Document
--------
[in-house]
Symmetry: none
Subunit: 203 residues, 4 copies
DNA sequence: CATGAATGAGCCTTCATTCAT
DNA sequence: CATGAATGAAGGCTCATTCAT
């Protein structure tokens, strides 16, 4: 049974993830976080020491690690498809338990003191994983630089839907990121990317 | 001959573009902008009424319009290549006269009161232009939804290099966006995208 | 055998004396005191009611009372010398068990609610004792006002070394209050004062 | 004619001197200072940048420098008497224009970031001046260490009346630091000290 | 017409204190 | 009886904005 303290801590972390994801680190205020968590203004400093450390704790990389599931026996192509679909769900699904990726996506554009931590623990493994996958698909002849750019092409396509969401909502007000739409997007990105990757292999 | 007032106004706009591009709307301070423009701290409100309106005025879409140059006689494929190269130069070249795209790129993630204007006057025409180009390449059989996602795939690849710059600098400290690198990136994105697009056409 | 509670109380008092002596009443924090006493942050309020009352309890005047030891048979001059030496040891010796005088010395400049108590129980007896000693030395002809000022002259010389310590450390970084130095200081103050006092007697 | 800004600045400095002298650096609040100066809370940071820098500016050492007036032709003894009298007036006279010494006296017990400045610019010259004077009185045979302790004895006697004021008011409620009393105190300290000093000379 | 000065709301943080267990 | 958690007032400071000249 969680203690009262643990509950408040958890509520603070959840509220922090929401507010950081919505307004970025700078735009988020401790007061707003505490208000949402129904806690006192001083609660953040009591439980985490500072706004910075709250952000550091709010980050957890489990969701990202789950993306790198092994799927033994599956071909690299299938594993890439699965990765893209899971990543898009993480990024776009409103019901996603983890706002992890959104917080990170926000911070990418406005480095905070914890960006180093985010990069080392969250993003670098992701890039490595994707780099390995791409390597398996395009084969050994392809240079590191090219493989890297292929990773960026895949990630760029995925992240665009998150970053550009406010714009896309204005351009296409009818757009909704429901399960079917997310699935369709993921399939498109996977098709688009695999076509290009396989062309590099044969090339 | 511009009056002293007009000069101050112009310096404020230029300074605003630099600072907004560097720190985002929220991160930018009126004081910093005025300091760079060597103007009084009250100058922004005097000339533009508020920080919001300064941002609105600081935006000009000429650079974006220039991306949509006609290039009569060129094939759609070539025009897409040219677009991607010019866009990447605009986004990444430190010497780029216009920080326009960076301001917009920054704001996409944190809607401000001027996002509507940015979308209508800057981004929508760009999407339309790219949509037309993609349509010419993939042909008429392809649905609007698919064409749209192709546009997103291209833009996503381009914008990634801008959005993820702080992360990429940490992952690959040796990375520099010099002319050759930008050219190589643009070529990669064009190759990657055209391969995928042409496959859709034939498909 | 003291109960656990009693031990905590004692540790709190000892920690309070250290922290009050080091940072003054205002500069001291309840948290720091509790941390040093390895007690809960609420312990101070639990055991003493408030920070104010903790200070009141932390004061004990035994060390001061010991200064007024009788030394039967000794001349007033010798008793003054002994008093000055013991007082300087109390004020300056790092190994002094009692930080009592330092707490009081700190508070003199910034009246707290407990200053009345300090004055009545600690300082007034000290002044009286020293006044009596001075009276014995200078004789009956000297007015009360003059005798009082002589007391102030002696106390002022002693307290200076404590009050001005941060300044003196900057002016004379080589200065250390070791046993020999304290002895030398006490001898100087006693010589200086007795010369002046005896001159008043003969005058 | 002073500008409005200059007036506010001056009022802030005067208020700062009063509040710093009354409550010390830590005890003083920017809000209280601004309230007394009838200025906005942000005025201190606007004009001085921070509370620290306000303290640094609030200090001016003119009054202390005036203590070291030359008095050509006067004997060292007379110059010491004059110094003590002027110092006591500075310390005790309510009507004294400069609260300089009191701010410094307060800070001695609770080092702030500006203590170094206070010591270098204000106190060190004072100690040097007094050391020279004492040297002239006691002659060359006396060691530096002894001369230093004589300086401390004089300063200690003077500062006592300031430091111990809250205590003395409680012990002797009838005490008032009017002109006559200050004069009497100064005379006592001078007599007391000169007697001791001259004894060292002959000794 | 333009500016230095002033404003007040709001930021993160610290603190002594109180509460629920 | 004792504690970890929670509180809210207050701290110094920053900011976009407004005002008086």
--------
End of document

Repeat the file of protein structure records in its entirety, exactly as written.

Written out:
[in-house]
Symmetry: none
Subunit: 203 residues, 4 copies
DNA sequence: CATGAATGAGCCTTCATTCAT
DNA sequence: CATGAATGAAGGCTCATTCAT
């Protein structure tokens, strides 16, 4: 049974993830976080020491690690498809338990003191994983630089839907990121990317 | 001959573009902008009424319009290549006269009161232009939804290099966006995208 | 055998004396005191009611009372010398068990609610004792006002070394209050004062 | 004619001197200072940048420098008497224009970031001046260490009346630091000290 | 017409204190 | 009886904005 303290801590972390994801680190205020968590203004400093450390704790990389599931026996192509679909769900699904990726996506554009931590623990493994996958698909002849750019092409396509969401909502007000739409997007990105990757292999 | 007032106004706009591009709307301070423009701290409100309106005025879409140059006689494929190269130069070249795209790129993630204007006057025409180009390449059989996602795939690849710059600098400290690198990136994105697009056409 | 509670109380008092002596009443924090006493942050309020009352309890005047030891048979001059030496040891010796005088010395400049108590129980007896000693030395002809000022002259010389310590450390970084130095200081103050006092007697 | 800004600045400095002298650096609040100066809370940071820098500016050492007036032709003894009298007036006279010494006296017990400045610019010259004077009185045979302790004895006697004021008011409620009393105190300290000093000379 | 000065709301943080267990 | 958690007032400071000249 969680203690009262643990509950408040958890509520603070959840509220922090929401507010950081919505307004970025700078735009988020401790007061707003505490208000949402129904806690006192001083609660953040009591439980985490500072706004910075709250952000550091709010980050957890489990969701990202789950993306790198092994799927033994599956071909690299299938594993890439699965990765893209899971990543898009993480990024776009409103019901996603983890706002992890959104917080990170926000911070990418406005480095905070914890960006180093985010990069080392969250993003670098992701890039490595994707780099390995791409390597398996395009084969050994392809240079590191090219493989890297292929990773960026895949990630760029995925992240665009998150970053550009406010714009896309204005351009296409009818757009909704429901399960079917997310699935369709993921399939498109996977098709688009695999076509290009396989062309590099044969090339 | 511009009056002293007009000069101050112009310096404020230029300074605003630099600072907004560097720190985002929220991160930018009126004081910093005025300091760079060597103007009084009250100058922004005097000339533009508020920080919001300064941002609105600081935006000009000429650079974006220039991306949509006609290039009569060129094939759609070539025009897409040219677009991607010019866009990447605009986004990444430190010497780029216009920080326009960076301001917009920054704001996409944190809607401000001027996002509507940015979308209508800057981004929508760009999407339309790219949509037309993609349509010419993939042909008429392809649905609007698919064409749209192709546009997103291209833009996503381009914008990634801008959005993820702080992360990429940490992952690959040796990375520099010099002319050759930008050219190589643009070529990669064009190759990657055209391969995928042409496959859709034939498909 | 003291109960656990009693031990905590004692540790709190000892920690309070250290922290009050080091940072003054205002500069001291309840948290720091509790941390040093390895007690809960609420312990101070639990055991003493408030920070104010903790200070009141932390004061004990035994060390001061010991200064007024009788030394039967000794001349007033010798008793003054002994008093000055013991007082300087109390004020300056790092190994002094009692930080009592330092707490009081700190508070003199910034009246707290407990200053009345300090004055009545600690300082007034000290002044009286020293006044009596001075009276014995200078004789009956000297007015009360003059005798009082002589007391102030002696106390002022002693307290200076404590009050001005941060300044003196900057002016004379080589200065250390070791046993020999304290002895030398006490001898100087006693010589200086007795010369002046005896001159008043003969005058 | 002073500008409005200059007036506010001056009022802030005067208020700062009063509040710093009354409550010390830590005890003083920017809000209280601004309230007394009838200025906005942000005025201190606007004009001085921070509370620290306000303290640094609030200090001016003119009054202390005036203590070291030359008095050509006067004997060292007379110059010491004059110094003590002027110092006591500075310390005790309510009507004294400069609260300089009191701010410094307060800070001695609770080092702030500006203590170094206070010591270098204000106190060190004072100690040097007094050391020279004492040297002239006691002659060359006396060691530096002894001369230093004589300086401390004089300063200690003077500062006592300031430091111990809250205590003395409680012990002797009838005490008032009017002109006559200050004069009497100064005379006592001078007599007391000169007697001791001259004894060292002959000794 | 333009500016230095002033404003007040709001930021993160610290603190002594109180509460629920 | 004792504690970890929670509180809210207050701290110094920053900011976009407004005002008086």